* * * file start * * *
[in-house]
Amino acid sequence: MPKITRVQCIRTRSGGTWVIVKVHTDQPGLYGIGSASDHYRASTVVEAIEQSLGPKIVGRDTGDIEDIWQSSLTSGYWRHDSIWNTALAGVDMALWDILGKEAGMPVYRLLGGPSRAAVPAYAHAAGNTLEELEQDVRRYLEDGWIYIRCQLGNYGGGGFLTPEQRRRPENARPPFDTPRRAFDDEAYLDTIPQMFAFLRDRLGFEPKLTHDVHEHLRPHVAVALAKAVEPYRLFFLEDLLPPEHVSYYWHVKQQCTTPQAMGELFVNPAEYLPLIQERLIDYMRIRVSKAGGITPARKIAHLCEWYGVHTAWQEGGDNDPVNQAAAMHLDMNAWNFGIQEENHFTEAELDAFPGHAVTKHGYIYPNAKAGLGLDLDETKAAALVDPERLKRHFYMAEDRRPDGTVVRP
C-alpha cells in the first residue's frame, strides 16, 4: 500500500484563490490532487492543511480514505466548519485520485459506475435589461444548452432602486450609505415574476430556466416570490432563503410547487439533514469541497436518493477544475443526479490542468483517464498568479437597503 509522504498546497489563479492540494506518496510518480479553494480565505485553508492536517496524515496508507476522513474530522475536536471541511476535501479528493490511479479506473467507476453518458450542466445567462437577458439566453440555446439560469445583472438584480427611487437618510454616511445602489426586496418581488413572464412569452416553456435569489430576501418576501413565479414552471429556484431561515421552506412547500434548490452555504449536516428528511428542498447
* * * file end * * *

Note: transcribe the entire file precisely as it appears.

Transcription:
[in-house]
Amino acid sequence: MPKITRVQCIRTRSGGTWVIVKVHTDQPGLYGIGSASDHYRASTVVEAIEQSLGPKIVGRDTGDIEDIWQSSLTSGYWRHDSIWNTALAGVDMALWDILGKEAGMPVYRLLGGPSRAAVPAYAHAAGNTLEELEQDVRRYLEDGWIYIRCQLGNYGGGGFLTPEQRRRPENARPPFDTPRRAFDDEAYLDTIPQMFAFLRDRLGFEPKLTHDVHEHLRPHVAVALAKAVEPYRLFFLEDLLPPEHVSYYWHVKQQCTTPQAMGELFVNPAEYLPLIQERLIDYMRIRVSKAGGITPARKIAHLCEWYGVHTAWQEGGDNDPVNQAAAMHLDMNAWNFGIQEENHFTEAELDAFPGHAVTKHGYIYPNAKAGLGLDLDETKAAALVDPERLKRHFYMAEDRRPDGTVVRP
C-alpha cells in the first residue's frame, strides 16, 4: 500500500484563490490532487492543511480514505466548519485520485459506475435589461444548452432602486450609505415574476430556466416570490432563503410547487439533514469541497436518493477544475443526479490542468483517464498568479437597503 509522504498546497489563479492540494506518496510518480479553494480565505485553508492536517496524515496508507476522513474530522475536536471541511476535501479528493490511479479506473467507476453518458450542466445567462437577458439566453440555446439560469445583472438584480427611487437618510454616511445602489426586496418581488413572464412569452416553456435569489430576501418576501413565479414552471429556484431561515421552506412547500434548490452555504449536516428528511428542498447